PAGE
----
Spending Growth Strongest in Mid and Upper Income Segments, Driven by Increase in Dollars Spent per Buyer, while Lower Income Households are Seeing an Increase in Online Buyers
RESTON, VA, December 6, 2011 – Comscore (NASDAQ : SCOR), a leader in measuring the digital world, today reported holiday season retail e-commerce spending for the first 34 days of the November – December 2011 holiday season. For the holiday season-to-date, nearly $20 billion has been spent online, marking a 15-percent increase versus the corresponding days last year. The most recent week saw three individual days eclipse $1 billion in spending, led by Cyber Monday, which became the heaviest online spending day on record at $1.25 billion. Tuesday, November 29 reached $1.12 billion, while Wednesday, November 30 reached $1.03 billion. Growth softened somewhat during the latter part of the workweek, but strengthened over the weekend (Dec. 3-4) to 17 percent.
*Corresponding days based on corresponding shopping days (November 2 thru December 5, 2010)
“This most recent week of online holiday shopping, known as ‘Cyber Week,’ reached record spending levels as three individual days surpassed the billion dollar threshold,” said Comscore chairman Gian Fulgoni. “We are now entering the portion of the season when online retailers typically reduce their promotional activity as they attempt to restore their margins, which can sometimes contribute to temporary softness in spending growth rates. However, this will likely be immediately followed with an acceleration in the spending rate as we approach the middle of December, which is sure to bring us several more billion dollar online spending days.”
Holiday Season Gains Driven by Increased Spending per Buyer in Mid and Upper Income Segments
Comscore analyzed consumer spending patterns for the holiday season-to-date to understand which particular factors are driving the strong growth rates of 15 percent. The strongest overall spending gains have been driven by the mid-income segment (households earning $50,000-$99,999) at 19 percent, while spending among upper-income households ($100,000 and higher) is growing at a rate of 16 percent. Lower-income households (Under $50,000) are seeing a more modest increase of 9 percent.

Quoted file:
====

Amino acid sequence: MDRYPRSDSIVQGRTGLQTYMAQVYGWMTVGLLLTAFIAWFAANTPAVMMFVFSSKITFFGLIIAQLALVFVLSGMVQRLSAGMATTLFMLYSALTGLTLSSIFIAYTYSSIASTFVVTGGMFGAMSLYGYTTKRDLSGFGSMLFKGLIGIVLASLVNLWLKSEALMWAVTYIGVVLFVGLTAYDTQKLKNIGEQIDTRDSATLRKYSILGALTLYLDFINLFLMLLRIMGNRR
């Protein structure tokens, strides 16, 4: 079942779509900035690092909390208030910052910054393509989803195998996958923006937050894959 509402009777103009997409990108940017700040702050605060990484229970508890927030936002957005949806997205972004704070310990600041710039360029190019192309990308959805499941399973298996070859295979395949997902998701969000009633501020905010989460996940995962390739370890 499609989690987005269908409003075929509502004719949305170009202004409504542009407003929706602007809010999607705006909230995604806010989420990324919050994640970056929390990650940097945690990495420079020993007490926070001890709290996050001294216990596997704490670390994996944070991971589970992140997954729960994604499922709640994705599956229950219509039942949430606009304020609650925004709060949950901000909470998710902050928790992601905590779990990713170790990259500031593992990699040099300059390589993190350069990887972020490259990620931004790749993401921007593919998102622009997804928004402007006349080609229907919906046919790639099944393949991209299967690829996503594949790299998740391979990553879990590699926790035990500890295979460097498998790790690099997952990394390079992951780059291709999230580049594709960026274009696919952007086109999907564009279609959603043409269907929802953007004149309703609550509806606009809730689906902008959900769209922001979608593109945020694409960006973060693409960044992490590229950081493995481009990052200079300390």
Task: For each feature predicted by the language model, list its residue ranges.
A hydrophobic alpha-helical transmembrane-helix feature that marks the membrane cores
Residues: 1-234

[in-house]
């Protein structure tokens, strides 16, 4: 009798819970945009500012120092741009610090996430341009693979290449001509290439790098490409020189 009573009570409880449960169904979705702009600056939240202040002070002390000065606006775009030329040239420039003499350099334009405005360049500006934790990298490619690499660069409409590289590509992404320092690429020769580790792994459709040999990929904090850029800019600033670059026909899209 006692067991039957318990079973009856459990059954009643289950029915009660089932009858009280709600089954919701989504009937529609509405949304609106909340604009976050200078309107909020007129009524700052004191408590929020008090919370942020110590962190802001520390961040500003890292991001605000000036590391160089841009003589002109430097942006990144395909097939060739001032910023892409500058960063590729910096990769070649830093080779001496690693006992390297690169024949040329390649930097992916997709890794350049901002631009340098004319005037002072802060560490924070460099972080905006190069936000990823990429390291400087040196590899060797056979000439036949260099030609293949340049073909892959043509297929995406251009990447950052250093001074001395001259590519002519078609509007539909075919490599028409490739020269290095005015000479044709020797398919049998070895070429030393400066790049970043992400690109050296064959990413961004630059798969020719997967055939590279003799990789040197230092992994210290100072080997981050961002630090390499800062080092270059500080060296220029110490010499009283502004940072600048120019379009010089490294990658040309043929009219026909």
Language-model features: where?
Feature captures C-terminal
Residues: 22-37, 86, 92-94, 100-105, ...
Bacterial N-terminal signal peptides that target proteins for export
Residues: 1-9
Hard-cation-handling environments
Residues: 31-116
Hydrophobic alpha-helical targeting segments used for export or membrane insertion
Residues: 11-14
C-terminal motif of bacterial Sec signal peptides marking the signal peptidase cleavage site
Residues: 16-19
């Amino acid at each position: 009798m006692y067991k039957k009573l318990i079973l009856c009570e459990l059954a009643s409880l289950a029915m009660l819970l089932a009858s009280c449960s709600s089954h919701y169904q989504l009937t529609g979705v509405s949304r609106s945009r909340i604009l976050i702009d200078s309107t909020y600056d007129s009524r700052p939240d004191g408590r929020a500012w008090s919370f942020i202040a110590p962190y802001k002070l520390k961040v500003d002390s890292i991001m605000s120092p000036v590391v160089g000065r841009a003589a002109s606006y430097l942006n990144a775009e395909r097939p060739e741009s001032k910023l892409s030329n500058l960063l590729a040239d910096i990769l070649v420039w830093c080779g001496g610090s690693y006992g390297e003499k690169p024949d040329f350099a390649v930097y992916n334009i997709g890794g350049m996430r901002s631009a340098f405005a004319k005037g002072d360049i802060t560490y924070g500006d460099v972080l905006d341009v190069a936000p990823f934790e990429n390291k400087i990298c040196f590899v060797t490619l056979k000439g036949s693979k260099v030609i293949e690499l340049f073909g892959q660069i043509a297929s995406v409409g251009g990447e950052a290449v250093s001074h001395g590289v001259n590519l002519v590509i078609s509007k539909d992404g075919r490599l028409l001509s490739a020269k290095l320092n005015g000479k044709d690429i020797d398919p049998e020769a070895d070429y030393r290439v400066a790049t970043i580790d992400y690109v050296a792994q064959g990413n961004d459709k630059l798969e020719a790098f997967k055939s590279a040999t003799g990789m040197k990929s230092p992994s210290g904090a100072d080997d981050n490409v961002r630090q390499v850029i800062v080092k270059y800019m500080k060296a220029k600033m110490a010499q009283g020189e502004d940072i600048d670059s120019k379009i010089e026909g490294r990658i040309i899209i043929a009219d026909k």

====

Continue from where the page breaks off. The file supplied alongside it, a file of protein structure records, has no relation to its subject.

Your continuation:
In a departure from the past couple of years when the growth in number of buyers was the predominant driver of online spending growth, the majority of this year’s gains are being driven by an increase in spending per buyer. In fact, the number of buyers overall has increased just 3 percent compared to a 12-percent increase in dollars per buyer.
Analysis of the trends by household income revealed some differences by income segment. While mid- and upper-income households’ spending growth has been predominantly driven by an increase in dollars per buyer, lower income households’ spending rates have remained essentially flat while showing an increase in the number of buyers.
“We have seen some indications that mid- income Americans might be experiencing ‘austerity fatigue,’” added Mr. Fulgoni. “After spending the last couple of years increasing their personal savings in an effort to get their finances in order, some appear to have decided they are done pinching pennies and are increasing their spending by taking advantage of the many promotions and price discounts that online retailers have been offering in the first half of the holiday shopping season. The appeal of lower prices that can be found on the Internet is also undoubtedly a driver of the acceleration of the shift from in-store buying to e-commerce that we are witnessing among all income segments this season.”
Weekly Online Holiday Retail Sales
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